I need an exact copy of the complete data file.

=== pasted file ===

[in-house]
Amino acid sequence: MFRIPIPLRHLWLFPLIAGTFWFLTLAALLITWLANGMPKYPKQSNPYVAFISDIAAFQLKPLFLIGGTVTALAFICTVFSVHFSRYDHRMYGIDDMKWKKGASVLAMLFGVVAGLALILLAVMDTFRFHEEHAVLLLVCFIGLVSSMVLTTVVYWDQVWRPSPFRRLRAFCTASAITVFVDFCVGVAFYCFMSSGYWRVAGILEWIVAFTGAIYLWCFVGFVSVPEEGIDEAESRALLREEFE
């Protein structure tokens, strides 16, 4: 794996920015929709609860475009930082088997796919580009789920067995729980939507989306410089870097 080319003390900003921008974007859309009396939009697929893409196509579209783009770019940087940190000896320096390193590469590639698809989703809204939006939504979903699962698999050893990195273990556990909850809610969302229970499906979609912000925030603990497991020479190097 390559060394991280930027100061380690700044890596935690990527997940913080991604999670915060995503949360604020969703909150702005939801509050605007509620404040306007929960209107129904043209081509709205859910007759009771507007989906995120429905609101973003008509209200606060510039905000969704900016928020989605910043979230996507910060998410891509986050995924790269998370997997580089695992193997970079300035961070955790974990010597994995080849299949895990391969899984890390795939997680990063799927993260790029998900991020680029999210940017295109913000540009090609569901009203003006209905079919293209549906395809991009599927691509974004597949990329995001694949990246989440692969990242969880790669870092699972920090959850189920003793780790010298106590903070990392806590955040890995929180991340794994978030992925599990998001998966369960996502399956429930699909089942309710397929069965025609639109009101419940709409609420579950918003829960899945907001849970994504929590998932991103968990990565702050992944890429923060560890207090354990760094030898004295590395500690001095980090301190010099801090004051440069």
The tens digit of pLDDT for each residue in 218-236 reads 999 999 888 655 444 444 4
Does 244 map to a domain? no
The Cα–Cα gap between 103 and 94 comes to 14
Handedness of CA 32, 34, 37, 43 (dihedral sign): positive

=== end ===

[in-house]
Amino acid sequence: MFRIPIPLRHLWLFPLIAGTFWFLTLAALLITWLANGMPKYPKQSNPYVAFISDIAAFQLKPLFLIGGTVTALAFICTVFSVHFSRYDHRMYGIDDMKWKKGASVLAMLFGVVAGLALILLAVMDTFRFHEEHAVLLLVCFIGLVSSMVLTTVVYWDQVWRPSPFRRLRAFCTASAITVFVDFCVGVAFYCFMSSGYWRVAGILEWIVAFTGAIYLWCFVGFVSVPEEGIDEAESRALLREEFE
């Protein structure tokens, strides 16, 4: 794996920015929709609860475009930082088997796919580009789920067995729980939507989306410089870097 080319003390900003921008974007859309009396939009697929893409196509579209783009770019940087940190000896320096390193590469590639698809989703809204939006939504979903699962698999050893990195273990556990909850809610969302229970499906979609912000925030603990497991020479190097 390559060394991280930027100061380690700044890596935690990527997940913080991604999670915060995503949360604020969703909150702005939801509050605007509620404040306007929960209107129904043209081509709205859910007759009771507007989906995120429905609101973003008509209200606060510039905000969704900016928020989605910043979230996507910060998410891509986050995924790269998370997997580089695992193997970079300035961070955790974990010597994995080849299949895990391969899984890390795939997680990063799927993260790029998900991020680029999210940017295109913000540009090609569901009203003006209905079919293209549906395809991009599927691509974004597949990329995001694949990246989440692969990242969880790669870092699972920090959850189920003793780790010298106590903070990392806590955040890995929180991340794994978030992925599990998001998966369960996502399956429930699909089942309710397929069965025609639109009101419940709409609420579950918003829960899945907001849970994504929590998932991103968990990565702050992944890429923060560890207090354990760094030898004295590395500690001095980090301190010099801090004051440069």
The tens digit of pLDDT for each residue in 218-236 reads 999 999 888 655 444 444 4
Does 244 map to a domain? no
The Cα–Cα gap between 103 and 94 comes to 14
Handedness of CA 32, 34, 37, 43 (dihedral sign): positive